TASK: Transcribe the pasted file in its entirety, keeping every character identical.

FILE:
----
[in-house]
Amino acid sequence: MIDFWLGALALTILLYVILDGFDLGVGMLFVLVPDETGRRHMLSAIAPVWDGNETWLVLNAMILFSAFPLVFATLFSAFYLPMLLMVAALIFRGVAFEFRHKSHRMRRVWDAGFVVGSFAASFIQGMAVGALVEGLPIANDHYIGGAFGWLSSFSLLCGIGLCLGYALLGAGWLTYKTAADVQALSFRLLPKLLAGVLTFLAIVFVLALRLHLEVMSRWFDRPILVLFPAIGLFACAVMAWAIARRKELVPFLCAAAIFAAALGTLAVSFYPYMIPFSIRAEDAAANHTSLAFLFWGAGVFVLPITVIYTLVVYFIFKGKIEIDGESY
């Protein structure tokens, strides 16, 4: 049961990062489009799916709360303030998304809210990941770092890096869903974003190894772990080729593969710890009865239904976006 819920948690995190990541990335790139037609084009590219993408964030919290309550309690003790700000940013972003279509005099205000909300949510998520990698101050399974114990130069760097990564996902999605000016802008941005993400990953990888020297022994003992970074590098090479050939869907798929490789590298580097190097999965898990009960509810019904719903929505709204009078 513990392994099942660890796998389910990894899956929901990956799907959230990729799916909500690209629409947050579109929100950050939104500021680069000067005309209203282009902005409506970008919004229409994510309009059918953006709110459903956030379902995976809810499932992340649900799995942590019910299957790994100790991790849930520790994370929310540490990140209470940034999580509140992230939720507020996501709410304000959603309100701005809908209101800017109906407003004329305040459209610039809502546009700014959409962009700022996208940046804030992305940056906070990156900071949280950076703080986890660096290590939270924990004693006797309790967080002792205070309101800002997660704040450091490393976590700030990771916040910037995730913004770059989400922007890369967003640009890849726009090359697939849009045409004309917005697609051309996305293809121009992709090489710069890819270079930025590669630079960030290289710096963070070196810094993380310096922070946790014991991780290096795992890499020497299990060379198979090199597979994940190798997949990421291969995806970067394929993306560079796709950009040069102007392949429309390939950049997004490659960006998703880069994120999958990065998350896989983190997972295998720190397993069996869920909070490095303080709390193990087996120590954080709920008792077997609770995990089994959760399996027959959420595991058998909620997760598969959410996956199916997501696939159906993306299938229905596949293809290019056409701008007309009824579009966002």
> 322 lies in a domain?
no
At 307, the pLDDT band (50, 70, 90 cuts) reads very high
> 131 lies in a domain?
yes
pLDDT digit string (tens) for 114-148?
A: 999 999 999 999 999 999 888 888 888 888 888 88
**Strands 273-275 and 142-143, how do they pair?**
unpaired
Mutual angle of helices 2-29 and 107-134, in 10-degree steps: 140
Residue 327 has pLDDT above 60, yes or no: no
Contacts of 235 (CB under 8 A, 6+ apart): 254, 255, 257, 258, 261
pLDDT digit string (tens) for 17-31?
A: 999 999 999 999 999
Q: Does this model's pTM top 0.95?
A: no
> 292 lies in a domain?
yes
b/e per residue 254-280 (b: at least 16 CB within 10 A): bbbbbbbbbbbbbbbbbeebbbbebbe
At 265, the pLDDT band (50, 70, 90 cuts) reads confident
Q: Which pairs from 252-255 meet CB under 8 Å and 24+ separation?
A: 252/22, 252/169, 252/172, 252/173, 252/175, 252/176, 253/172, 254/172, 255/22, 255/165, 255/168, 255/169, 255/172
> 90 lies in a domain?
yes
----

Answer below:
[in-house]
Amino acid sequence: MIDFWLGALALTILLYVILDGFDLGVGMLFVLVPDETGRRHMLSAIAPVWDGNETWLVLNAMILFSAFPLVFATLFSAFYLPMLLMVAALIFRGVAFEFRHKSHRMRRVWDAGFVVGSFAASFIQGMAVGALVEGLPIANDHYIGGAFGWLSSFSLLCGIGLCLGYALLGAGWLTYKTAADVQALSFRLLPKLLAGVLTFLAIVFVLALRLHLEVMSRWFDRPILVLFPAIGLFACAVMAWAIARRKELVPFLCAAAIFAAALGTLAVSFYPYMIPFSIRAEDAAANHTSLAFLFWGAGVFVLPITVIYTLVVYFIFKGKIEIDGESY
């Protein structure tokens, strides 16, 4: 049961990062489009799916709360303030998304809210990941770092890096869903974003190894772990080729593969710890009865239904976006 819920948690995190990541990335790139037609084009590219993408964030919290309550309690003790700000940013972003279509005099205000909300949510998520990698101050399974114990130069760097990564996902999605000016802008941005993400990953990888020297022994003992970074590098090479050939869907798929490789590298580097190097999965898990009960509810019904719903929505709204009078 513990392994099942660890796998389910990894899956929901990956799907959230990729799916909500690209629409947050579109929100950050939104500021680069000067005309209203282009902005409506970008919004229409994510309009059918953006709110459903956030379902995976809810499932992340649900799995942590019910299957790994100790991790849930520790994370929310540490990140209470940034999580509140992230939720507020996501709410304000959603309100701005809908209101800017109906407003004329305040459209610039809502546009700014959409962009700022996208940046804030992305940056906070990156900071949280950076703080986890660096290590939270924990004693006797309790967080002792205070309101800002997660704040450091490393976590700030990771916040910037995730913004770059989400922007890369967003640009890849726009090359697939849009045409004309917005697609051309996305293809121009992709090489710069890819270079930025590669630079960030290289710096963070070196810094993380310096922070946790014991991780290096795992890499020497299990060379198979090199597979994940190798997949990421291969995806970067394929993306560079796709950009040069102007392949429309390939950049997004490659960006998703880069994120999958990065998350896989983190997972295998720190397993069996869920909070490095303080709390193990087996120590954080709920008792077997609770995990089994959760399996027959959420595991058998909620997760598969959410996956199916997501696939159906993306299938229905596949293809290019056409701008007309009824579009966002």
> 322 lies in a domain?
no
At 307, the pLDDT band (50, 70, 90 cuts) reads very high
> 131 lies in a domain?
yes
pLDDT digit string (tens) for 114-148?
A: 999 999 999 999 999 999 888 888 888 888 888 88
**Strands 273-275 and 142-143, how do they pair?**
unpaired
Mutual angle of helices 2-29 and 107-134, in 10-degree steps: 140
Residue 327 has pLDDT above 60, yes or no: no
Contacts of 235 (CB under 8 A, 6+ apart): 254, 255, 257, 258, 261
pLDDT digit string (tens) for 17-31?
A: 999 999 999 999 999
Q: Does this model's pTM top 0.95?
A: no
> 292 lies in a domain?
yes
b/e per residue 254-280 (b: at least 16 CB within 10 A): bbbbbbbbbbbbbbbbbeebbbbebbe
At 265, the pLDDT band (50, 70, 90 cuts) reads confident
Q: Which pairs from 252-255 meet CB under 8 Å and 24+ separation?
A: 252/22, 252/169, 252/172, 252/173, 252/175, 252/176, 253/172, 254/172, 255/22, 255/165, 255/168, 255/169, 255/172
> 90 lies in a domain?
yes